- Stages and variations of production for different footwear product types e.g. slippers, boots, men’s, children’s and ladies’ shoes.
- Materials, machinery and equipment that are required for each stage of the footwear production process. For example, sewing machines for closing, welting machines for welted footwear.
Produce footwear products in line with specification, which may include;
- Cutting materials, primarily leather, around patterns supplied by the employer. This process can be by hand or machine / laser (clicking).
- Skiving (thinning the material to allow a flat seam), then closing (hand stitching or machining of uppers, which is the top part of the footwear).
- Formation of the footwear (lasting) by stretching the upper over the last, which is a plastic or wooden foot mould.
- Attaching the sole, which might be cemented (glued), or stitched to the upper.
- Attaching the heel and welt (the strip between sole and upper) where used.
- Finish the shoe, e.g. polishing techniques, insertion of insole, lacing and final touches.
- Inspect for quality to company specification.
- Pack to company specification.
Materials, Tools and Equipment
- The characteristics, properties and behaviour of a variety of materials and components used in footwear construction and their suitable application. For example, high quality calf-skin for premium footwear look, durability and finish. Softer materials for ballet shoes, which also have flexible, thin soles.
- The Identification of production problems such as machinery not working correctly, and associated corrective actions.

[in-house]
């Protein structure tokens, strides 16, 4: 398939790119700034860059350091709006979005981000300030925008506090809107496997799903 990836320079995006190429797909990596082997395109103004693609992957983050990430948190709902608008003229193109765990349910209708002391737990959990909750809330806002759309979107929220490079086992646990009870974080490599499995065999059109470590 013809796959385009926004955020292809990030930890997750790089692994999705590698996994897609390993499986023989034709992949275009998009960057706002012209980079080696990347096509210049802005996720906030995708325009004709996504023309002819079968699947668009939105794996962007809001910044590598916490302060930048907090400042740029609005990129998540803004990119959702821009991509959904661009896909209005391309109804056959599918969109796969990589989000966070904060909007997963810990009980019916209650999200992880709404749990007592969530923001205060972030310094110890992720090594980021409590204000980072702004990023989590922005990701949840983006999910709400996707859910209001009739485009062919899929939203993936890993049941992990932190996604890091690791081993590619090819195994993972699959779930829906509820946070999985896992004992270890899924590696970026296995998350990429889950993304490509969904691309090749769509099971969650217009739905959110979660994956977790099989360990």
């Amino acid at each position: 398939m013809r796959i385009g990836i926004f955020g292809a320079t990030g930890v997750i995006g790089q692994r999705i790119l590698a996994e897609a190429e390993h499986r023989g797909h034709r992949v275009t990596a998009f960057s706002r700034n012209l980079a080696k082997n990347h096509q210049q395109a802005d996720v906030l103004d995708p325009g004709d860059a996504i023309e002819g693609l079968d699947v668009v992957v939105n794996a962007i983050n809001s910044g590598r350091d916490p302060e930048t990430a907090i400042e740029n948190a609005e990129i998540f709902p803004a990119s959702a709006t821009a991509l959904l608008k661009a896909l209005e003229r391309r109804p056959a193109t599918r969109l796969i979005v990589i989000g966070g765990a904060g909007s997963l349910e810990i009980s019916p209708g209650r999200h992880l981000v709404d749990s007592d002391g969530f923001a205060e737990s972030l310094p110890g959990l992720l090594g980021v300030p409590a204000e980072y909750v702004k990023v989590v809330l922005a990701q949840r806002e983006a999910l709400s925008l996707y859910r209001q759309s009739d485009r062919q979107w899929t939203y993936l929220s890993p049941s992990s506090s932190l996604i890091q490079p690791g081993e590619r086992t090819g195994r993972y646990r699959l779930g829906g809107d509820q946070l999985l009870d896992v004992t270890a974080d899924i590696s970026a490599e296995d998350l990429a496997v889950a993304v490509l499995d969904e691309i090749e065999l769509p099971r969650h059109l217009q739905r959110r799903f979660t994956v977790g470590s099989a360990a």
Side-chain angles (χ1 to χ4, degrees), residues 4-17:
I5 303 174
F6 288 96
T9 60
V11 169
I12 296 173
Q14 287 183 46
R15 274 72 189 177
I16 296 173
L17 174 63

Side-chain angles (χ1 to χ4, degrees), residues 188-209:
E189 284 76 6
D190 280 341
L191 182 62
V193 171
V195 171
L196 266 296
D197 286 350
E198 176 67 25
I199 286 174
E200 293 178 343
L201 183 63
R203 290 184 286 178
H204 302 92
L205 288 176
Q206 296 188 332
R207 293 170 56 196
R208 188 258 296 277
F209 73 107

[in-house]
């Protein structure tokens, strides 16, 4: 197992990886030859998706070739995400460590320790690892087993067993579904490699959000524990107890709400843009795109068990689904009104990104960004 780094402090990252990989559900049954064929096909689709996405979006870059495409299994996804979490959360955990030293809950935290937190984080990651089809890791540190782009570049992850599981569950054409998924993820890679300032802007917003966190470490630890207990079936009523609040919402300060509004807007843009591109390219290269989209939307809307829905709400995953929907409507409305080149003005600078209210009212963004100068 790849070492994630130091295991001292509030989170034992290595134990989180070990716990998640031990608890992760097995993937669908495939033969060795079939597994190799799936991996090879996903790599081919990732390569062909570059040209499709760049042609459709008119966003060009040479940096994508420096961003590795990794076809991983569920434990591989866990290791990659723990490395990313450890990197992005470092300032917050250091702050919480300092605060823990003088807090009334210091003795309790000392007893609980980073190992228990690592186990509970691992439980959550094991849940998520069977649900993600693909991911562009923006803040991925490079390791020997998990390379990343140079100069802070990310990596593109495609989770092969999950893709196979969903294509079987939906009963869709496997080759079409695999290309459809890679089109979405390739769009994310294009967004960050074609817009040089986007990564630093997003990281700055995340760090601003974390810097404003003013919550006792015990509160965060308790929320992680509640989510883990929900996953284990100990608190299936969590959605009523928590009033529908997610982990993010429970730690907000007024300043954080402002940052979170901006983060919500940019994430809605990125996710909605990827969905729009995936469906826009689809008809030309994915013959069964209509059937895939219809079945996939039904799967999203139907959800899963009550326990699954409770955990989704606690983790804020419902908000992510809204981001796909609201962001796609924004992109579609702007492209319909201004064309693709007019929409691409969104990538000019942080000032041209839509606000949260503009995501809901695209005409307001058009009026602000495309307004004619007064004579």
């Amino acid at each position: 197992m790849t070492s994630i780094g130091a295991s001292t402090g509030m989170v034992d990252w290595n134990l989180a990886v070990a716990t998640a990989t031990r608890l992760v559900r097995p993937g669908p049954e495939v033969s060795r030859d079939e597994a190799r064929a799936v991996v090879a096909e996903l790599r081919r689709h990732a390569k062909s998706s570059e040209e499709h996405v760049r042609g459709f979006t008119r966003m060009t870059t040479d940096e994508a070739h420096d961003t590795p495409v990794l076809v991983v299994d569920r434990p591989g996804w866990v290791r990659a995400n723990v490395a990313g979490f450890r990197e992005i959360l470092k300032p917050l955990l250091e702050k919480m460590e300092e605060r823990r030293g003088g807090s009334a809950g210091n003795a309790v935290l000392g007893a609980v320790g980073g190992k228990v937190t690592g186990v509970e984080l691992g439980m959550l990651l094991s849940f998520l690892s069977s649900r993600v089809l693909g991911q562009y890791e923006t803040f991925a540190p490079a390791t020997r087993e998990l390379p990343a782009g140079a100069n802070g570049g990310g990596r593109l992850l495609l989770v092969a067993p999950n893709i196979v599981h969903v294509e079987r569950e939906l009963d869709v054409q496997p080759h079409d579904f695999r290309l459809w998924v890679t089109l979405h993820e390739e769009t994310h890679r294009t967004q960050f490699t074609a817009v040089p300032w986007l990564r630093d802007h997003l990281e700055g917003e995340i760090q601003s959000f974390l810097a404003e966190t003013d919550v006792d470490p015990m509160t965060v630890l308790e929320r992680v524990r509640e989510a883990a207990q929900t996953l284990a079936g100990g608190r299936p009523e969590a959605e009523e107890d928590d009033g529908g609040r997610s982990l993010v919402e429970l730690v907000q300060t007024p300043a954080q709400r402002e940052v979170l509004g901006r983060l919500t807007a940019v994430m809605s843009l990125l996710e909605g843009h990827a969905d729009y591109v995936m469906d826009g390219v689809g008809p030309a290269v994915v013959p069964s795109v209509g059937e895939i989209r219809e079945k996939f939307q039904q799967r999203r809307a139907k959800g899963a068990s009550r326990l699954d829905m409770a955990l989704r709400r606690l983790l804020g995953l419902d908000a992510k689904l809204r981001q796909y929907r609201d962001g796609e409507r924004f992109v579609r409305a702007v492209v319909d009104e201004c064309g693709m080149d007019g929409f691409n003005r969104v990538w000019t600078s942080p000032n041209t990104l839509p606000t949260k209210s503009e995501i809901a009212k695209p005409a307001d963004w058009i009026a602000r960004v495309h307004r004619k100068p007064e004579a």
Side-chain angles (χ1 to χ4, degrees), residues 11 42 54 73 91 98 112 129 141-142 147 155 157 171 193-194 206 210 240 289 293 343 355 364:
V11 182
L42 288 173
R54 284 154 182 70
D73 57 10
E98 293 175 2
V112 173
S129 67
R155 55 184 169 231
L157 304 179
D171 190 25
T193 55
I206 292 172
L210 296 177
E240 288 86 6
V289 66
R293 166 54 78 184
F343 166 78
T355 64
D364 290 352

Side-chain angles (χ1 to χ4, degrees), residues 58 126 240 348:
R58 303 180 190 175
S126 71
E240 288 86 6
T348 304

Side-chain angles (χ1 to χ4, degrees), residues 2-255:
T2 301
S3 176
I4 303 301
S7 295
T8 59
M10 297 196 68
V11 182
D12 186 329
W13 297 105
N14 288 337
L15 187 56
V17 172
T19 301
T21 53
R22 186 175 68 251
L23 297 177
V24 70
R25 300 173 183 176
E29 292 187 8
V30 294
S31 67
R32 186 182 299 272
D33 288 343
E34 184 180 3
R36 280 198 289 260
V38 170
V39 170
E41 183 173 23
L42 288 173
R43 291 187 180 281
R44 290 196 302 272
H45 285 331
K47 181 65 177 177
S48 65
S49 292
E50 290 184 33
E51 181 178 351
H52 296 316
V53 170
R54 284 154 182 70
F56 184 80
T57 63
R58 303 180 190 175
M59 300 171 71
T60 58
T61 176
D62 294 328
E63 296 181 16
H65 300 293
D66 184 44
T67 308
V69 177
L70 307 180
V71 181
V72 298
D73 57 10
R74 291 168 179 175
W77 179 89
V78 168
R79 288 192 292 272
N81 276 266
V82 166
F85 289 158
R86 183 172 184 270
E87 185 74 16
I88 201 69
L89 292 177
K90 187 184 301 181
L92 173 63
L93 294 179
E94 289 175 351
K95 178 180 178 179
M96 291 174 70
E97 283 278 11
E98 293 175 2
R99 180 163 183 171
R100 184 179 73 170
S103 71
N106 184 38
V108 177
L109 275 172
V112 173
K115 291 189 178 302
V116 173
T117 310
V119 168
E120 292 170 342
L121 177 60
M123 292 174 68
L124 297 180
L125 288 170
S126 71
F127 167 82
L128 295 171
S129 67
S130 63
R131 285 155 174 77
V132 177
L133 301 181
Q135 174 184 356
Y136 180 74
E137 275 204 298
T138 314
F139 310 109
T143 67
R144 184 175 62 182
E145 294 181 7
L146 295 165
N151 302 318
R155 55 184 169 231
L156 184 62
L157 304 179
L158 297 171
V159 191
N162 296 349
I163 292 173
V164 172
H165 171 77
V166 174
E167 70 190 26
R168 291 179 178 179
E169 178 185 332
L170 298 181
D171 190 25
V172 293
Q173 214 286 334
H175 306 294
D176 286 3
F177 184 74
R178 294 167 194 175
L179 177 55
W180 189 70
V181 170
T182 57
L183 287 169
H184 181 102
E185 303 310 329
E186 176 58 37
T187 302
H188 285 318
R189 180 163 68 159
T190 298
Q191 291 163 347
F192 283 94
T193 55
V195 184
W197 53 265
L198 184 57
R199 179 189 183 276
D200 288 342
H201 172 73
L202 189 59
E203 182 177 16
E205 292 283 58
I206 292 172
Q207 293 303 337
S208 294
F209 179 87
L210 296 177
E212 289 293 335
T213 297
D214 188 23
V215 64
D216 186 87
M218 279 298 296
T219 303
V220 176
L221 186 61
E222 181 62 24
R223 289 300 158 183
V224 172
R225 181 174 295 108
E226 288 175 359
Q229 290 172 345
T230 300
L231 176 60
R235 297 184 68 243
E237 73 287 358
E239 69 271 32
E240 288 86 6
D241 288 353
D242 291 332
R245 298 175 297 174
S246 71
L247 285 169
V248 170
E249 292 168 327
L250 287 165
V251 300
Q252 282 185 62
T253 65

- How advancements in innovation have improved footwear construction techniques and processes.
- Perform routine maintenance to ensure the efficiency of machinery, tools and equipment (i.e. settings and preparation of tools) to meet production expectations.
- Identify the correct materials and components and use appropriately.
- Prepare and quality check (for faults) materials and components.
- Report faults in materials and components to the supervisor or manager.
- The company’s history, policies, brand values, customer base and product range.
- The importance of a cost effective workflow.
- Read and interpret data from specifications and appropriate work instructions.
- Follow instructions in order to meet customer and company requirements.
- Implement efficient and effective use of materials by closely following instructions and minimising waste.
- Undertake processes to consistent speed and quality requirements as outlined by the company.
- Take a proactive approach to Health & Safety procedures, personally and towards colleagues.
- Demonstrate a positive mind-set towards maintaining high standards of quality, precision and excellence at all times.
- Are self-motivated and punctual at all times.
- Take positive and proactive approach to respectful communication and team working.
- Respond positively and flexibly to change, new requirements and changing priorities.
- Recognise and appreciate equality and diversity in the workplace.
Individual employers will set the selection criteria and specify the entry requirements applicable to their area of work.
English and Maths
Apprentices without level 1 English and maths will need to achieve this level and take the test for level 2 English and maths prior to taking the end-point assessment. For those with an education, health and care plan or a legacy statement the apprenticeships English and maths minimum requirement is Entry Level 3 and British Sign Language qualification are an alternative to English qualifications for whom this is their primary language.
This is a level 2 apprenticeship
Typically, 12-15 months
This standard will be reviewed after 3 years